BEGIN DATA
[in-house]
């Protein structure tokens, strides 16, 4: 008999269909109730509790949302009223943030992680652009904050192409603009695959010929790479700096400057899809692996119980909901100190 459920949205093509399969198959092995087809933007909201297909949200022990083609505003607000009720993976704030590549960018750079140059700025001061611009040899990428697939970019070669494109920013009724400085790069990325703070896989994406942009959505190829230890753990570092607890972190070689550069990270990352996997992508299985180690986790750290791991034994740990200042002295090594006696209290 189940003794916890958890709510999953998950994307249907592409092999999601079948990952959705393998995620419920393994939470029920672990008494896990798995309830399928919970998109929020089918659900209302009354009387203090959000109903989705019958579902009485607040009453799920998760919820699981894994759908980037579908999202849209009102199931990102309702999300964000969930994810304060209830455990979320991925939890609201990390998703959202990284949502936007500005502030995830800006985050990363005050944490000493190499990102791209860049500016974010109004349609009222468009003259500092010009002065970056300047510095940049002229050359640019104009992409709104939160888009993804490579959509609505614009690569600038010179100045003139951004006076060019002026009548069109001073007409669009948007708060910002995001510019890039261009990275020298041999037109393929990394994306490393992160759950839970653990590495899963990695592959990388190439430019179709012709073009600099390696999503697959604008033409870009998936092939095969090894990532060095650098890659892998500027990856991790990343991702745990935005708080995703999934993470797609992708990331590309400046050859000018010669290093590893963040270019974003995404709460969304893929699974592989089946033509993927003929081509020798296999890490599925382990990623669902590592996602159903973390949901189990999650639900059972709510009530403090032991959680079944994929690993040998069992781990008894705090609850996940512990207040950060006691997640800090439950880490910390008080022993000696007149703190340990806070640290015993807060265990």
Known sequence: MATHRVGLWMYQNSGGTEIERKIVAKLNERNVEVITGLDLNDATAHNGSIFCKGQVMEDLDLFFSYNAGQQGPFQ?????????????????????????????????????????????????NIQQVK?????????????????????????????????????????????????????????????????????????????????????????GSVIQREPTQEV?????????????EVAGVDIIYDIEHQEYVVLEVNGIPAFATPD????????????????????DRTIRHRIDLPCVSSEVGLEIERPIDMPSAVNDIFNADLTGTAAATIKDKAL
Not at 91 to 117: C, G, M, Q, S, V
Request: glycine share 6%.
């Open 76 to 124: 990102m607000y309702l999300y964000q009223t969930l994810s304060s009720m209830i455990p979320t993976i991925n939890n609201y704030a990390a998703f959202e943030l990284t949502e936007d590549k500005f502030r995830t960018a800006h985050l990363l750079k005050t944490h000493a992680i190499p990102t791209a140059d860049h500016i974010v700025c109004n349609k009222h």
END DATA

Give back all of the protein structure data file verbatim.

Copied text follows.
[in-house]
């Protein structure tokens, strides 16, 4: 008999269909109730509790949302009223943030992680652009904050192409603009695959010929790479700096400057899809692996119980909901100190 459920949205093509399969198959092995087809933007909201297909949200022990083609505003607000009720993976704030590549960018750079140059700025001061611009040899990428697939970019070669494109920013009724400085790069990325703070896989994406942009959505190829230890753990570092607890972190070689550069990270990352996997992508299985180690986790750290791991034994740990200042002295090594006696209290 189940003794916890958890709510999953998950994307249907592409092999999601079948990952959705393998995620419920393994939470029920672990008494896990798995309830399928919970998109929020089918659900209302009354009387203090959000109903989705019958579902009485607040009453799920998760919820699981894994759908980037579908999202849209009102199931990102309702999300964000969930994810304060209830455990979320991925939890609201990390998703959202990284949502936007500005502030995830800006985050990363005050944490000493190499990102791209860049500016974010109004349609009222468009003259500092010009002065970056300047510095940049002229050359640019104009992409709104939160888009993804490579959509609505614009690569600038010179100045003139951004006076060019002026009548069109001073007409669009948007708060910002995001510019890039261009990275020298041999037109393929990394994306490393992160759950839970653990590495899963990695592959990388190439430019179709012709073009600099390696999503697959604008033409870009998936092939095969090894990532060095650098890659892998500027990856991790990343991702745990935005708080995703999934993470797609992708990331590309400046050859000018010669290093590893963040270019974003995404709460969304893929699974592989089946033509993927003929081509020798296999890490599925382990990623669902590592996602159903973390949901189990999650639900059972709510009530403090032991959680079944994929690993040998069992781990008894705090609850996940512990207040950060006691997640800090439950880490910390008080022993000696007149703190340990806070640290015993807060265990």
Known sequence: MATHRVGLWMYQNSGGTEIERKIVAKLNERNVEVITGLDLNDATAHNGSIFCKGQVMEDLDLFFSYNAGQQGPFQ?????????????????????????????????????????????????NIQQVK?????????????????????????????????????????????????????????????????????????????????????????GSVIQREPTQEV?????????????EVAGVDIIYDIEHQEYVVLEVNGIPAFATPD????????????????????DRTIRHRIDLPCVSSEVGLEIERPIDMPSAVNDIFNADLTGTAAATIKDKAL
Not at 91 to 117: C, G, M, Q, S, V
Request: glycine share 6%.
């Open 76 to 124: 990102m607000y309702l999300y964000q009223t969930l994810s304060s009720m209830i455990p979320t993976i991925n939890n609201y704030a990390a998703f959202e943030l990284t949502e936007d590549k500005f502030r995830t960018a800006h985050l990363l750079k005050t944490h000493a992680i190499p990102t791209a140059d860049h500016i974010v700025c109004n349609k009222h």